When they first saw the results, they didn’t believe it, said Yan. How could all three water bottle brands result in multiple kinds of plastic ending up in the water?

“This is clearly a common and recurring issue,” said Yan. He hypothesized that it could be in part from the process of water treatment and purification, representing a systemic problem among multiple brands, which is why they chose not to disclose the three brands tested.

When Carla Ng read the study, she said the results were close to what she expected. Ng, an associate professor of civil and environmental engineering at the University of Pittsburgh, specializing in per- and polyfluoroalkyl substances — commonly known as PFAS and “forever chemicals” — said this confirms a lot of what’s already known about storing things in plastic.

“We know for additives in plastic, those chemicals can readily leach out into the water,” she said. “It is concerning to acknowledge these plastics chemically, because we know they can penetrate cells.”

But as of right now, it’s important not to jump to conclusions. Yan and Min’s study identified the existence of nanoplastics in water from plastic bottles, but their results don’t directly link to toxicity of the nanoplastics.

“There is a lot of research that needs to be done,” said Yan. “But these (new) tools are providing a great platform for us to do that.”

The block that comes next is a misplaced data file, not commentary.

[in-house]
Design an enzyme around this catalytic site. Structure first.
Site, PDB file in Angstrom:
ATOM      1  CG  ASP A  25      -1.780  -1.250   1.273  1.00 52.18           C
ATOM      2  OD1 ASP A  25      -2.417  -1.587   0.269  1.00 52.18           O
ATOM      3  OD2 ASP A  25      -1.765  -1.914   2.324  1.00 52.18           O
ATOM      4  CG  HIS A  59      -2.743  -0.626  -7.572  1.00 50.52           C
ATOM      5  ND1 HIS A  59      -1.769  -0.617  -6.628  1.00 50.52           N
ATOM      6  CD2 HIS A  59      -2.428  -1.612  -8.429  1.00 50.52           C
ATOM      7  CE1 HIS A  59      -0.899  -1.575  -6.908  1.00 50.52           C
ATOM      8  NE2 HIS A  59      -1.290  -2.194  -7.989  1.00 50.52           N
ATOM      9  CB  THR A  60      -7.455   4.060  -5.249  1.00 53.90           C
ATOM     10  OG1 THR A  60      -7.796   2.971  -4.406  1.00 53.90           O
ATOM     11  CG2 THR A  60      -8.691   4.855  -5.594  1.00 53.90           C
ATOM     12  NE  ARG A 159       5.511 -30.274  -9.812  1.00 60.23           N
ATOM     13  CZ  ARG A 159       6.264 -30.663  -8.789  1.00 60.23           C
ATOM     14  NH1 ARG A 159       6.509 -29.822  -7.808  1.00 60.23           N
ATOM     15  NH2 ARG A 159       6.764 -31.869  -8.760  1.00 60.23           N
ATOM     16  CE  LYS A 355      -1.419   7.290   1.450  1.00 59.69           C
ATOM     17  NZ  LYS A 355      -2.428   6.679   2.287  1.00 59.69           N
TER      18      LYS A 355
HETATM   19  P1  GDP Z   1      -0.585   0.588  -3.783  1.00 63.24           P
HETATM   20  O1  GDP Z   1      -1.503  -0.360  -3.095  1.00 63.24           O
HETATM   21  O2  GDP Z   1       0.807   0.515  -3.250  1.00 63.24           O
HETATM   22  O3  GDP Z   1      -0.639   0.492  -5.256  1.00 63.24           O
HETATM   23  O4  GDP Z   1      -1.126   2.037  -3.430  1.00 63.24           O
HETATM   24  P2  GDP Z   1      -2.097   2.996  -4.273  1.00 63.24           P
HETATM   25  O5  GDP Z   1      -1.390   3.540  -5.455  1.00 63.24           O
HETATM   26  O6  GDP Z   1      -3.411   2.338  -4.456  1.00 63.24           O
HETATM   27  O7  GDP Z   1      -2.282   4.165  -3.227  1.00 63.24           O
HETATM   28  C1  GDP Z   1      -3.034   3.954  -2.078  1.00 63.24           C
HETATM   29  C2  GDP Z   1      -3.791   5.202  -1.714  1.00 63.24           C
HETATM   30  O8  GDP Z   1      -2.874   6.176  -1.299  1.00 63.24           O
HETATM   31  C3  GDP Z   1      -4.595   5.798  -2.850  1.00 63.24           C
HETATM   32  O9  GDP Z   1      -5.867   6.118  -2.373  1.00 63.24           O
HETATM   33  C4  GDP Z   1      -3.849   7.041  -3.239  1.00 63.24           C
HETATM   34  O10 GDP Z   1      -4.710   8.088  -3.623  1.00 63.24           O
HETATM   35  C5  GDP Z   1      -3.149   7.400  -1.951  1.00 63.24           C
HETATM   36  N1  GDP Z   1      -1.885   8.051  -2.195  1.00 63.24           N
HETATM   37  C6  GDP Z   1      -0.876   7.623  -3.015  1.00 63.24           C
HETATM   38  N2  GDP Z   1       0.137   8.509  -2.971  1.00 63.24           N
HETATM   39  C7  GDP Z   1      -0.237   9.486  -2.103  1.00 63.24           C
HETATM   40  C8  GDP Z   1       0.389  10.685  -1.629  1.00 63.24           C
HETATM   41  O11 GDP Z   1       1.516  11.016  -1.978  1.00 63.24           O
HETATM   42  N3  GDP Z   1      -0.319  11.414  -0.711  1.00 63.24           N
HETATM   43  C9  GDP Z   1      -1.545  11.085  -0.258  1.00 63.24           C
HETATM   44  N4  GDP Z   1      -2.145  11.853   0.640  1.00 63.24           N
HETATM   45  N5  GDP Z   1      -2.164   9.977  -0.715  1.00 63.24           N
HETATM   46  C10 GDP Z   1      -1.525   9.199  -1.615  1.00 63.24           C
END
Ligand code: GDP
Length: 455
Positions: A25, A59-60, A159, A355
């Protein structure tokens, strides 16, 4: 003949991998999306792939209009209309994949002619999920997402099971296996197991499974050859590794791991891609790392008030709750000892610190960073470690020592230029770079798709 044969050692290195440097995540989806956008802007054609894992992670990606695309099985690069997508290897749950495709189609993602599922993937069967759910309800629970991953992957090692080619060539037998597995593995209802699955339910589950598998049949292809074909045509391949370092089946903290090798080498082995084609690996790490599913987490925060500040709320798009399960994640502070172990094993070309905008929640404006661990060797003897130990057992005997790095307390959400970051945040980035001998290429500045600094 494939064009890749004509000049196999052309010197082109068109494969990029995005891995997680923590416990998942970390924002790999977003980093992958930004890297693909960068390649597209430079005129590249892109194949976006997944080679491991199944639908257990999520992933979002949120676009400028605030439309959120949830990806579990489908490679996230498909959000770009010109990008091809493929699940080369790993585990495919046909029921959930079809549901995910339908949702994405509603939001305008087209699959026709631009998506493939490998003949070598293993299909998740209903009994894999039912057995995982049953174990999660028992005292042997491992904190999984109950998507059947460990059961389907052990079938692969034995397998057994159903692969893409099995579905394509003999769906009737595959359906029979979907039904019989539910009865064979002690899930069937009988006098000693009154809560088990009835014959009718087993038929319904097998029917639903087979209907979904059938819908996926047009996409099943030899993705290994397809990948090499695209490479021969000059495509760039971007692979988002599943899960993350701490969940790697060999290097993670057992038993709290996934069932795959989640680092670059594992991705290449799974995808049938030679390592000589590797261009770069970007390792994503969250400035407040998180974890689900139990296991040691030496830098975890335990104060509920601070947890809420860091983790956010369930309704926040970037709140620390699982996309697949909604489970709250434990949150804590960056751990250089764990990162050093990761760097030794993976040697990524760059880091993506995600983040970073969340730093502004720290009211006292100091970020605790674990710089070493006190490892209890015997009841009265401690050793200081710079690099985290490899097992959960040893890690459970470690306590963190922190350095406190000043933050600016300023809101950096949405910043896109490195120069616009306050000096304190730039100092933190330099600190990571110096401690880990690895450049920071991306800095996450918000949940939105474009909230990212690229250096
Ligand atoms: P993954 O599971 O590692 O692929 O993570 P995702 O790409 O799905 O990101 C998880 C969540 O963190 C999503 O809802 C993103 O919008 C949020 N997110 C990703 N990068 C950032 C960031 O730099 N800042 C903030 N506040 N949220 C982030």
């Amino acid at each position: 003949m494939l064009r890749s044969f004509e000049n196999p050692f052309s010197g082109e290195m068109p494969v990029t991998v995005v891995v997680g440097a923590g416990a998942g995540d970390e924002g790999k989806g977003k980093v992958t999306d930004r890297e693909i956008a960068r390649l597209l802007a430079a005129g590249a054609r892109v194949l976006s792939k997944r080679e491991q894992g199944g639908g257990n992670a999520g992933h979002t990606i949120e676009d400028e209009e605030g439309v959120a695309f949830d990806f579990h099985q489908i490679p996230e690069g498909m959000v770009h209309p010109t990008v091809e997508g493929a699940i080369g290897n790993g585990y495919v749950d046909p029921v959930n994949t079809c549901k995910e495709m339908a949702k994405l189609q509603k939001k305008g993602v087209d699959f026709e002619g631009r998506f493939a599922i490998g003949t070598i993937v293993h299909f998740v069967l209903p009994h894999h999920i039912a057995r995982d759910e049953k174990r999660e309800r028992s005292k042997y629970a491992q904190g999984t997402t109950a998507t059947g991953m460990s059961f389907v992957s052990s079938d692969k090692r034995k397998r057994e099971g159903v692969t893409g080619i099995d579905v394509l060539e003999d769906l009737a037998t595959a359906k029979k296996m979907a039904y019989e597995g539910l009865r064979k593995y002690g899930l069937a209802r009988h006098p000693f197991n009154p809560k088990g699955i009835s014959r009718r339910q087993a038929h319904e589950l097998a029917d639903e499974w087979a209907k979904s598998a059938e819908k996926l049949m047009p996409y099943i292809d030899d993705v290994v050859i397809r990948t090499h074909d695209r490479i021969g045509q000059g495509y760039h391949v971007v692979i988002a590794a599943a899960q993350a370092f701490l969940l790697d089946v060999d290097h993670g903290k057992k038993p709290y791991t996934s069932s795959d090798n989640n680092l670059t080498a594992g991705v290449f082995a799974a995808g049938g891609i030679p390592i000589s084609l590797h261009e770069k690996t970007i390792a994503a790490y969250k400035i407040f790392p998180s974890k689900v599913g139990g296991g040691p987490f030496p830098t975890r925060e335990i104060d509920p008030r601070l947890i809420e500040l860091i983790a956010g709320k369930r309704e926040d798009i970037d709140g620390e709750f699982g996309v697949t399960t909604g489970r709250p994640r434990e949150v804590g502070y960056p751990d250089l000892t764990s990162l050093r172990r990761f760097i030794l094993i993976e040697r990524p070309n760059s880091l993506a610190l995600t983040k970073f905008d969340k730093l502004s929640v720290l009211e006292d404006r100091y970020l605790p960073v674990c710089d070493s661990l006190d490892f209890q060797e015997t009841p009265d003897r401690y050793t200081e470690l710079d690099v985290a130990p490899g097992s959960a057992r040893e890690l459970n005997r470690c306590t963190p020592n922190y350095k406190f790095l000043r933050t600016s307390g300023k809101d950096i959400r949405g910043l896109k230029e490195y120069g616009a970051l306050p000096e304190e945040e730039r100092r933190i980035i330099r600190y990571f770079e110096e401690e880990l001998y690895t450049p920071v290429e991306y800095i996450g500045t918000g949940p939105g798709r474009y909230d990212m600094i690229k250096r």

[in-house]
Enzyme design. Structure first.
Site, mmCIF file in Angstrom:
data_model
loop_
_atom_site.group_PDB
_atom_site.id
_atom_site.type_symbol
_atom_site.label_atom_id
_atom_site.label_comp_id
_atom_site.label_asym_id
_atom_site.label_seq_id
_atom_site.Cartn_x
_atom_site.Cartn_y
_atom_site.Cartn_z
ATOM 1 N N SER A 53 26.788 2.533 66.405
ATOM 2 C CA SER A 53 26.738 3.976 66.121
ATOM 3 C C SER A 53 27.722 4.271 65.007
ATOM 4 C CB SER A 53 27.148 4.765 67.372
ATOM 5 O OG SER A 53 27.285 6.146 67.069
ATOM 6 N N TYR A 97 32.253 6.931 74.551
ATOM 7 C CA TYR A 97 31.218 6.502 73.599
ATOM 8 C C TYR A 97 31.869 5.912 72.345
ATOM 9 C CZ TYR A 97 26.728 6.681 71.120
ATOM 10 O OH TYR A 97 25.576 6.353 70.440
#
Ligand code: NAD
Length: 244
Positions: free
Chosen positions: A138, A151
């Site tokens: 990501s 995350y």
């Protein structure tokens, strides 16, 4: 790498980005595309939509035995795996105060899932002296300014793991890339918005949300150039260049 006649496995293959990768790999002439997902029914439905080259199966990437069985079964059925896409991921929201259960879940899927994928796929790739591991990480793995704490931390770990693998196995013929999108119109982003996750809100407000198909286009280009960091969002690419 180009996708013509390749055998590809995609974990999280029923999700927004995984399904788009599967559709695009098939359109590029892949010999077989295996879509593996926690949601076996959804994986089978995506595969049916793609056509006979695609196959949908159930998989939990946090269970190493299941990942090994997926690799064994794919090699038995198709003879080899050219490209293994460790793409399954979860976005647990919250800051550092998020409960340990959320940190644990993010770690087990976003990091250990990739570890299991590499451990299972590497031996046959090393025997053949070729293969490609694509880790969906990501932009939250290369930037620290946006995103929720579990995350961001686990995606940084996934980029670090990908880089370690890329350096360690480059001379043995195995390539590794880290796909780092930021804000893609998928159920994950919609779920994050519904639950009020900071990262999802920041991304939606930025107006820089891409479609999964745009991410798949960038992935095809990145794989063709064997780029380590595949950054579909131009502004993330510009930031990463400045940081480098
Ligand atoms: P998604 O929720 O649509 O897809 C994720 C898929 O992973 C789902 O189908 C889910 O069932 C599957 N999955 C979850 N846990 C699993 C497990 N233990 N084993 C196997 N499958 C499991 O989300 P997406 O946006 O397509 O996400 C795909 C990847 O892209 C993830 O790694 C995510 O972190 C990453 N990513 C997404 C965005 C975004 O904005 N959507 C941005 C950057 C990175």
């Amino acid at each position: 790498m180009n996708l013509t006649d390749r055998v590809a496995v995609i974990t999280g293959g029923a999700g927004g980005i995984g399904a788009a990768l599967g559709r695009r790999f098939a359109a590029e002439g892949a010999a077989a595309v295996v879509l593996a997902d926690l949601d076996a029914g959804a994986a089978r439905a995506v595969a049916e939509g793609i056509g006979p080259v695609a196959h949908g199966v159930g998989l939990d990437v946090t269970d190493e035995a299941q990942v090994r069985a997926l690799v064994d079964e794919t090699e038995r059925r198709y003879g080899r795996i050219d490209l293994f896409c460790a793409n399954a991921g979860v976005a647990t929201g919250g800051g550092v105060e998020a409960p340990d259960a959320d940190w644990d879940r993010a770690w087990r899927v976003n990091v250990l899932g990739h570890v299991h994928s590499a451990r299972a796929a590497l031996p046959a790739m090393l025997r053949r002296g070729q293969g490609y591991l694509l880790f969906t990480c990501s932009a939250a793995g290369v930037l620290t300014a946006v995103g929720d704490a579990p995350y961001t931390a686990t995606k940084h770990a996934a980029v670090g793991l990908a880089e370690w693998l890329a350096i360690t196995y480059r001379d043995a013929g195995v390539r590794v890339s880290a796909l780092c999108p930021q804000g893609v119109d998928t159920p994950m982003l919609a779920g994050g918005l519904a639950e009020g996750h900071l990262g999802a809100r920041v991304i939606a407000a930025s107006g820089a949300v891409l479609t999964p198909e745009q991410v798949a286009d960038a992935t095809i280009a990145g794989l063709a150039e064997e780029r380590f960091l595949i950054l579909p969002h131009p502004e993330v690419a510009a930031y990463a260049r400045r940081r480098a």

There’s a concept in science called a dose-response curve, which means that a drug or substance will affect the body at specific doses. When studying the health impacts of nanoplastics on the body, the same principle applies: Whether you drink from single-use plastic bottles every now and then, versus every day for 50 years, probably matters when looking at what those nanoplastics might do.

“To me, it’s more like a numbers game,” said Min. “Our job is to find out what that probability is.”

Ng, who does study the health impact from small plastic particles and chemicals, said she could see herself using data that emerges from studies like this.

“The biggest open question now is, ‘What are the implications of these findings?’” she said. “We know that the intrusion of foreign material into cells can cause inflammation. … And scientists are trying to understand the impact (of plastic exposure) over a lifetime.”

Yan and Min plan to use the new sensitive laser technology for future studies and examine other sources of water, such as tap or groundwater.

“We are doing the work right now to collect tap water from different areas of the U.S. and set up basically a baseline of nanoplastics in those waters,” said Yan.

While the public waits for more information, alternatives exist to single-use plastic. All scientists interviewed recommended stainless steel or glass reusable water bottles instead. And if it’s safe to drink your tap water, research shows it tends to have fewer microplastics than bottled water.

“Don’t heat stuff up in plastic Tupperware, please,” said Ng. And if you want to use a thicker reusable plastic bottle like a Nalgene, wash it regularly and avoid leaving it out in the sun, as UV rays can degrade plastic.


(c) 2024 the Pittsburgh Post-Gazette